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Celebrates private sector deployments spaceborn tech


One of the things I look forward to reading every year is NASA’s Spinoff magazine. This annual report shows how the research done by the space agency affects the rest of the world in surprising and interesting ways. This year is no different, and NASA technology can be found in everything from hiking gear to heavy industry and, funny enough, space.

This year’s issue, which you can look through here, talks about dozens of technologies that are now used every day in different places. (It’s about 60 pages long, so get a cup of coffee and get comfortable.)

I talked to Daniel Lockney, who is in charge of NASA’s Tech Transfer Program. His job is to make sure that NASA’s research and technology are used by companies on Earth.

“Most of the time, NASA comes up with something, tells my office about it, and we look at it to see, first, if it works. The second question is who else can use it? And if someone can, we figure out how to get it to them,” Lockney said. “I try to give away as much as I can for free. I don’t know how to make money or give anything back to the U.S. Treasury. The law that made NASA possible in 1958 told us to share our work, but it didn’t say anything about making money.

As a result, interesting techs like small, long-lasting water filters, weird mechanical parts, and another tech that was needed for space or launch but might have a second use on Earth can be licensed for cheap or free.

Lockney pointed out a couple of the new items that he thought were particularly interesting.

“We worked with GM to make the Robo-Glove, a functional glove that astronauts will wear to help reduce strain when doing repetitive tasks and improve their grip strength,” he said. “On a spacewalk, you can squeeze something a few times, but holding a tool for the whole afternoon is hard. So we made this glove to help with that kind of work, and now factories all over the world use it.”

The Swiss company Bioservo bought the Robo-Glove patents from NASA and has been improving on the idea for years. Last summer, it released the latest version of its Ironhand device. Employees with hand injuries that could cause them to lose their jobs can most often use it to get back to work faster and take less pain medicine.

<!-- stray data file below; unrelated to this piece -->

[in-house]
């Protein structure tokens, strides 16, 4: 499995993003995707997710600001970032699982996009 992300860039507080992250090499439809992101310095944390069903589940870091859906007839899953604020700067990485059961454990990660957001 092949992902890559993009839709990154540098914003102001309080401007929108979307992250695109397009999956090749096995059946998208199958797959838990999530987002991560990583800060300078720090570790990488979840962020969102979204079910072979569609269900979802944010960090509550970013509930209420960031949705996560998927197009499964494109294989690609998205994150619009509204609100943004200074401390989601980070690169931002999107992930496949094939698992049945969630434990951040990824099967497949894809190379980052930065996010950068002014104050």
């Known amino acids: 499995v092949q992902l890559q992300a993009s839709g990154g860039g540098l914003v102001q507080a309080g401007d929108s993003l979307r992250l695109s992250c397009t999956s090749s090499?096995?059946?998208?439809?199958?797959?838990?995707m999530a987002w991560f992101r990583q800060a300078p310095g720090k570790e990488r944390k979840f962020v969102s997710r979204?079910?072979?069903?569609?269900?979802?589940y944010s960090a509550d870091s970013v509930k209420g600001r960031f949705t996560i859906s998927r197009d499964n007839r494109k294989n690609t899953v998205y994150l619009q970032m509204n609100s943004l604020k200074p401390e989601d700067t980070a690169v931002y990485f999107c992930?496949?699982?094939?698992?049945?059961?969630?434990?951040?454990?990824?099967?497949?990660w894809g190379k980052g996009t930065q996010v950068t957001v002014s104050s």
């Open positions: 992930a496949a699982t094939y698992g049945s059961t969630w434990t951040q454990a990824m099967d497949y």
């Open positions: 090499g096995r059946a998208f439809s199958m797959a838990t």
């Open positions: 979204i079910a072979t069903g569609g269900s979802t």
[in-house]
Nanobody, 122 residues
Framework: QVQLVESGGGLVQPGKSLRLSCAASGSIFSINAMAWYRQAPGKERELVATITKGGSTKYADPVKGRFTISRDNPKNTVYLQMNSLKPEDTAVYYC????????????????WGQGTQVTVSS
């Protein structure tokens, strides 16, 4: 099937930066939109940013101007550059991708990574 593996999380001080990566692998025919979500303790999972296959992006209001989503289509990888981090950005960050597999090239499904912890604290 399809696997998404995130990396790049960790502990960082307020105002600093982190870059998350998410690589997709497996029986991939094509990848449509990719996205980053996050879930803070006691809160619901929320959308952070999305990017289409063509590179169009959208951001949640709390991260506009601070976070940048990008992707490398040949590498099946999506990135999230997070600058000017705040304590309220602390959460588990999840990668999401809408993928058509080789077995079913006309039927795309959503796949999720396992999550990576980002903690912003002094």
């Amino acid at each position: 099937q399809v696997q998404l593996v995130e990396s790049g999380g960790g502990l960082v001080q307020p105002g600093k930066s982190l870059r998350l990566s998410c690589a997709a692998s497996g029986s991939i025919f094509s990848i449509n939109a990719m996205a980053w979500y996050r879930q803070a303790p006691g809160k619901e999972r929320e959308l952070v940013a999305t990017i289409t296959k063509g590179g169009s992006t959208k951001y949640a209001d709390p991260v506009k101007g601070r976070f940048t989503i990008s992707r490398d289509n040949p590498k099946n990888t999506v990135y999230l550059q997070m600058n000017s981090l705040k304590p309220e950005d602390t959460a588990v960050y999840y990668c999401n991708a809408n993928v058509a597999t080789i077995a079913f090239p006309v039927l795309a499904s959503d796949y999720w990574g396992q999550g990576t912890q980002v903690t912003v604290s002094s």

Tech isn’t always licensed by just one company. Lockney said that NASA was the first group to study the question of precision farming in a completely artificial setting.

“NASA is doing a lot of research on how to keep crews healthy during long-distance space travel. “One thing we need to do is grow our own food. Seeing plants is also good for our mental health,” he said. “But we had to find ways to grow plants without soil or even hydroponics because water is so heavy and valuable. And the lighting has to be right,

but you can’t waste too much power. So, we came up with these ways to farm to grow a lot of plants in a small area. If you control the stress on the plants, you can really dial in precise growth conditions and increase yield. We actually use a nutritive film that covers the roots, LEDs to give the right spectrum of light, and sensors everywhere.

“It’s the same in cities. How do you feed this many people without wasting farmland and other resources? But we did this research because no one else did. It turned out to be a direct result of what was needed for space travel. Now, there are a few companies that do vertical farms in cities with lots of people and actually sell vegetables to grocery stores,” he said.

We’ve talked about a few of them, and they’re still in their early stages, but it’s clear that both consumers and investors want food that is grown efficiently and just a few blocks away instead of food that is shipped from a thousand miles away.


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